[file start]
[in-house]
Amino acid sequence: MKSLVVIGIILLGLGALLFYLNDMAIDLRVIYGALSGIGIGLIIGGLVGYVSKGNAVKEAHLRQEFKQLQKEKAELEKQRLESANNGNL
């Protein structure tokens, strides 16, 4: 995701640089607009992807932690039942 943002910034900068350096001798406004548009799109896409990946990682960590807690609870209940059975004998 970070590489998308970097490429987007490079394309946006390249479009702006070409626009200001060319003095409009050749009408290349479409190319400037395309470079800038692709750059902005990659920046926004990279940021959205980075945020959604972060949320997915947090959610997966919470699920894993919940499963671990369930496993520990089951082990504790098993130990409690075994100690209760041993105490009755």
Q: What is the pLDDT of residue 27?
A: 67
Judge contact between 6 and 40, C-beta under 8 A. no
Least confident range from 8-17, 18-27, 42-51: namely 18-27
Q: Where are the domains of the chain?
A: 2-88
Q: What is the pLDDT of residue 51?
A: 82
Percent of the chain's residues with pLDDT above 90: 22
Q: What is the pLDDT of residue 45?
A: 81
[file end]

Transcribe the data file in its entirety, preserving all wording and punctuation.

[in-house]
Amino acid sequence: MKSLVVIGIILLGLGALLFYLNDMAIDLRVIYGALSGIGIGLIIGGLVGYVSKGNAVKEAHLRQEFKQLQKEKAELEKQRLESANNGNL
């Protein structure tokens, strides 16, 4: 995701640089607009992807932690039942 943002910034900068350096001798406004548009799109896409990946990682960590807690609870209940059975004998 970070590489998308970097490429987007490079394309946006390249479009702006070409626009200001060319003095409009050749009408290349479409190319400037395309470079800038692709750059902005990659920046926004990279940021959205980075945020959604972060949320997915947090959610997966919470699920894993919940499963671990369930496993520990089951082990504790098993130990409690075994100690209760041993105490009755």
Q: What is the pLDDT of residue 27?
A: 67
Judge contact between 6 and 40, C-beta under 8 A. no
Least confident range from 8-17, 18-27, 42-51: namely 18-27
Q: Where are the domains of the chain?
A: 2-88
Q: What is the pLDDT of residue 51?
A: 82
Percent of the chain's residues with pLDDT above 90: 22
Q: What is the pLDDT of residue 45?
A: 81